Qumran is an archeological site overlooking the northwestern part of the Dead Sea and it is famous mainly for the discovery of the Dead Sea Scrolls. According to researchers, the Dead Sea Scrolls were written by the desert sect that lived there around the 2nd century B.C. The scrolls are considered among the most important findings of the 20th century. The site was discovered by chance, when a Bedouin shepherd found the treasure.
The scrolls are actually bits of hundreds of books from the period of the Second Temple, leading many researchers to conclude that they were written by the desert dwelling Essenes, who believed that the fate of a man is predestined. The Essene calendar is a solar-based calendar, they led an ascetic and communal lifestyle, placing an emphasis on purity, as derived of the many ritual bathhouses (Mikveh) in the area.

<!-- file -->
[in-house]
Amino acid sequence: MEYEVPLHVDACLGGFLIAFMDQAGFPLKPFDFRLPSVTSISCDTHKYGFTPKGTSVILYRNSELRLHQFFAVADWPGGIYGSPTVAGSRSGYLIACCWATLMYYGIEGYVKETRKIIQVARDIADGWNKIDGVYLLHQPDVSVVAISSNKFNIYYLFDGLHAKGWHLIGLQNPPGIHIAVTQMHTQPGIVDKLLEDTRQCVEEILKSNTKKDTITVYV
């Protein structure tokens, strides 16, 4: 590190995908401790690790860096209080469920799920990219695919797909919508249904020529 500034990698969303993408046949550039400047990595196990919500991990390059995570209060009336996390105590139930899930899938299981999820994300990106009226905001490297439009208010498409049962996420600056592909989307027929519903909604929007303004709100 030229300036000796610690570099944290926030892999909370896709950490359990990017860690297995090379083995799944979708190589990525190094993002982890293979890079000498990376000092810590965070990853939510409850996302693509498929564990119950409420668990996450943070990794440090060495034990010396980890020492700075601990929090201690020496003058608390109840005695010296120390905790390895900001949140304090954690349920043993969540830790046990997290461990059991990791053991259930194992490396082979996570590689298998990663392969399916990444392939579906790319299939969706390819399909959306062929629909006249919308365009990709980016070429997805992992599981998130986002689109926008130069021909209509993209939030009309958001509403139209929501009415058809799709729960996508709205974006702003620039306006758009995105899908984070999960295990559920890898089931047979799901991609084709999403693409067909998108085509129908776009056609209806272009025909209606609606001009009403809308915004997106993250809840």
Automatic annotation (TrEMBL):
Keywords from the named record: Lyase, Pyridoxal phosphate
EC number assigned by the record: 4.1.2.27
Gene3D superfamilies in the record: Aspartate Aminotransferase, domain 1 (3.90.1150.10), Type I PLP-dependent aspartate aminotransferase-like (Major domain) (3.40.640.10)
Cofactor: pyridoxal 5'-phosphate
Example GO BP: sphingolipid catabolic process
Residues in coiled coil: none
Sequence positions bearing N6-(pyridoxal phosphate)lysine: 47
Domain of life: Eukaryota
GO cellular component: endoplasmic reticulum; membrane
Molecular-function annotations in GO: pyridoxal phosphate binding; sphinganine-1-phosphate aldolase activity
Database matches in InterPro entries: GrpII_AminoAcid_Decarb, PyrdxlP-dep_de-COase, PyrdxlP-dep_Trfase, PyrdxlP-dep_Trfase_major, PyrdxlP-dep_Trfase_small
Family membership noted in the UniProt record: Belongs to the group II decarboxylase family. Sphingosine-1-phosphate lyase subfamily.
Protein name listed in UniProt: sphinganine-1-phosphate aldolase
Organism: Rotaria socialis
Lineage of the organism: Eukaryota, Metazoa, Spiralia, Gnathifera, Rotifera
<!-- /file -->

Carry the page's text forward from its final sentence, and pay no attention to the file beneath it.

When visiting at the site, you can see remnants of the ancient village of Qumran, learn more about the Dead Sea Scrolls and experience the lives of the desert sect through a film and additional displays. Among the structures preserved on site is the central dining hall, many ritual bathhouses, congregation rooms and other structures that relate to the communal lifestyle led by the members of the sect.